Cramming: trigger to US class action
The US federal appeals court has prevented Virginia-based McGuireWoods – which has offices across the States and in Brussels and London – from collecting its fees in a claim against the publishers of the BarBri course.
According to a report in the National Law Journal, in upholding an earlier US District Court ruling the appeal court found that the firm had committed a significant ethical breach by failing to disclose to claimants that incentive awards based on the settlement’s value would go to various named plaintiffs. The newspaper quoted the decision from Judge Sandra Segal: ‘The representation of clients with conflicting interests and without informed consent is a particularly egregious ethical violation that may be a proper basis for complete denial of fees.’
The litigation itself involved claims that West Publishing and New York-based private education company Kaplan had breached federal competition law by conspiring to monopolise the review course market. The Journal reports that the some 300,000 students were involved in the class action and that they had paid an average of $1,000 in overcharges for the crammer between 1997 and 2006.
The claimants had originally instructed the law firm Van Etten Suzumoto & Becket, which was taken over by McGuireWoods six years ago. Settlement was originally reached in 2007, with the District Court judge making a costs award to McGuireWoods of some $8.5 million. But he refused to approve the incentive awards, citing, according to the newspaper, a potential conflict of interest.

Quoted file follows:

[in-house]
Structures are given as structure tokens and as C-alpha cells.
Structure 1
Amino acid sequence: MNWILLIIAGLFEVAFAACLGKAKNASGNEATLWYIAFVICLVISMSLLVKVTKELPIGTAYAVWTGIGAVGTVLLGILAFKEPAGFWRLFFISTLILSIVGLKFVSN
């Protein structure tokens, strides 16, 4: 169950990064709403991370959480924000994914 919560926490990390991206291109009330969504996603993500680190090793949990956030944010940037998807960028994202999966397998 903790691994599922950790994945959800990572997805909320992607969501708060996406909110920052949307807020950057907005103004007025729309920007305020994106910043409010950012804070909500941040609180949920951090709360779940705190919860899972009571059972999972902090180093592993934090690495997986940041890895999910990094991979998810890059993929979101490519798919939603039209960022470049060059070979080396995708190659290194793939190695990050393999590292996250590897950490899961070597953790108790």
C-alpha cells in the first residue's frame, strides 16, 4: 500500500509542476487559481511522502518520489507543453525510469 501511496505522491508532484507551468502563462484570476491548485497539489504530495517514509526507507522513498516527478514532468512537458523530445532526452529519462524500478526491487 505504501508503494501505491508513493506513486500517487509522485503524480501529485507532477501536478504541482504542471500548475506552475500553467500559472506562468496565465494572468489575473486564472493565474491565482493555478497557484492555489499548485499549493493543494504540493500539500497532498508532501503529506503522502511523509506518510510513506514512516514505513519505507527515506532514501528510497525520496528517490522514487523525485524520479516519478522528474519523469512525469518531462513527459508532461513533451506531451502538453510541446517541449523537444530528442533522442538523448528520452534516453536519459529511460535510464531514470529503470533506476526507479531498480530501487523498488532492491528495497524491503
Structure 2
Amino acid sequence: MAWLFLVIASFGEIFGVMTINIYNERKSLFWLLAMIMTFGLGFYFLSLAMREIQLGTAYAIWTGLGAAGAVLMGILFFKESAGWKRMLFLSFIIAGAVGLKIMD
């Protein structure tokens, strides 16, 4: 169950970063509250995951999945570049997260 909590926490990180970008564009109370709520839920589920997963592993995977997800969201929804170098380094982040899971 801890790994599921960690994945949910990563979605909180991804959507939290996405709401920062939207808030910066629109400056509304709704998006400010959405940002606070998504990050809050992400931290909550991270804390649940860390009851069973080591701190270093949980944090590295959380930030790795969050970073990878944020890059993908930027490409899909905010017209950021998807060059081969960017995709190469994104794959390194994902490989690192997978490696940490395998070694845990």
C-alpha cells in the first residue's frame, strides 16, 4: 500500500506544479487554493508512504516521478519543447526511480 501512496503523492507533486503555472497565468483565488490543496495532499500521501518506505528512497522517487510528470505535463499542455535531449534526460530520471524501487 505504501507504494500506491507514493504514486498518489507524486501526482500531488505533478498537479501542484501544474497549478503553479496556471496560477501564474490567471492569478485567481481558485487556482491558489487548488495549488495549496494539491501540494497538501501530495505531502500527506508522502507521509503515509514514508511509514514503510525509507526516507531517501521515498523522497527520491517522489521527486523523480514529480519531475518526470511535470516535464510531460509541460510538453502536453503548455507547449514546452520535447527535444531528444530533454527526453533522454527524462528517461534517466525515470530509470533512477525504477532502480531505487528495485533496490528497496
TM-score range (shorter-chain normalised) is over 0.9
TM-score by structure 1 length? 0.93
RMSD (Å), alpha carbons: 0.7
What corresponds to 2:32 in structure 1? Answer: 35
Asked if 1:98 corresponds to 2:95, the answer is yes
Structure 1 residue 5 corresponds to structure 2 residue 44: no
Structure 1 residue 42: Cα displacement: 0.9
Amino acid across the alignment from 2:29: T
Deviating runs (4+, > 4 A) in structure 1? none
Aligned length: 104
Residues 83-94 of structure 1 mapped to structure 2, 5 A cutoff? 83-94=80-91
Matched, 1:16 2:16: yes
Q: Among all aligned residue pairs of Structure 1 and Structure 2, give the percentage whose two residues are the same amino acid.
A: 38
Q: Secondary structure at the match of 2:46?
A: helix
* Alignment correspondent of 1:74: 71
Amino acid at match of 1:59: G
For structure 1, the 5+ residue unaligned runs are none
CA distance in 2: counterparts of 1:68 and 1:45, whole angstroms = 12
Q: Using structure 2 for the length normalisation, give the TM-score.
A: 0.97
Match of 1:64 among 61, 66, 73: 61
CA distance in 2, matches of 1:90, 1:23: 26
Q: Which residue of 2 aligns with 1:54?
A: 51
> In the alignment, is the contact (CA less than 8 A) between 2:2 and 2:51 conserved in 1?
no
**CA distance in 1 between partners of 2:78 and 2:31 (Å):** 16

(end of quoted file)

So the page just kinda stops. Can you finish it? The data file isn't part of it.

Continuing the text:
A statement from the firm this week highlighted its work in achieving a ‘notable success’ for the claimants. It also said the appeal court’s ruling ‘acknowledges that the incentive agreements which were the basis for the denial of attorneys' fees caused no harm to the class. Nevertheless the court applied a legal standard that was not generally recognised at the time the incentive agreements were entered into or when the attorney who had entered into them joined our firm. We disagree with the conclusion reached by the court but we respect the court's decision’.
That judgment falls against the backdrop of the AmLaw Daily web site’s latest round-up of what it describes as ‘law firm lawsuit-palooza’. For the uninitiated in early 20th century American homespun slang, a ‘palooza’ is derived from a ‘lallapalootza’, and in this case means an exaggerated event.
Whether the law firms in the heat of litigation feel events are exaggerated is another matter, but the list is impressive. The web site highlights New York’s Chadbourne & Parke, which, along with fellow Manhattanites Proskauer Rose, is headed to the Supreme Court to fight a suit against it involving recently gaoled fraudster Allen Stanford.
Elsewhere, the survey points to top Miami player Greenberg Traurig and Milwaukee’s Quarles & Brady as having ‘collectively coughed up $87.5 million to resolve claims that they contributed to a $900m Ponzi scheme perpetrated by two mortgage-industry clients’.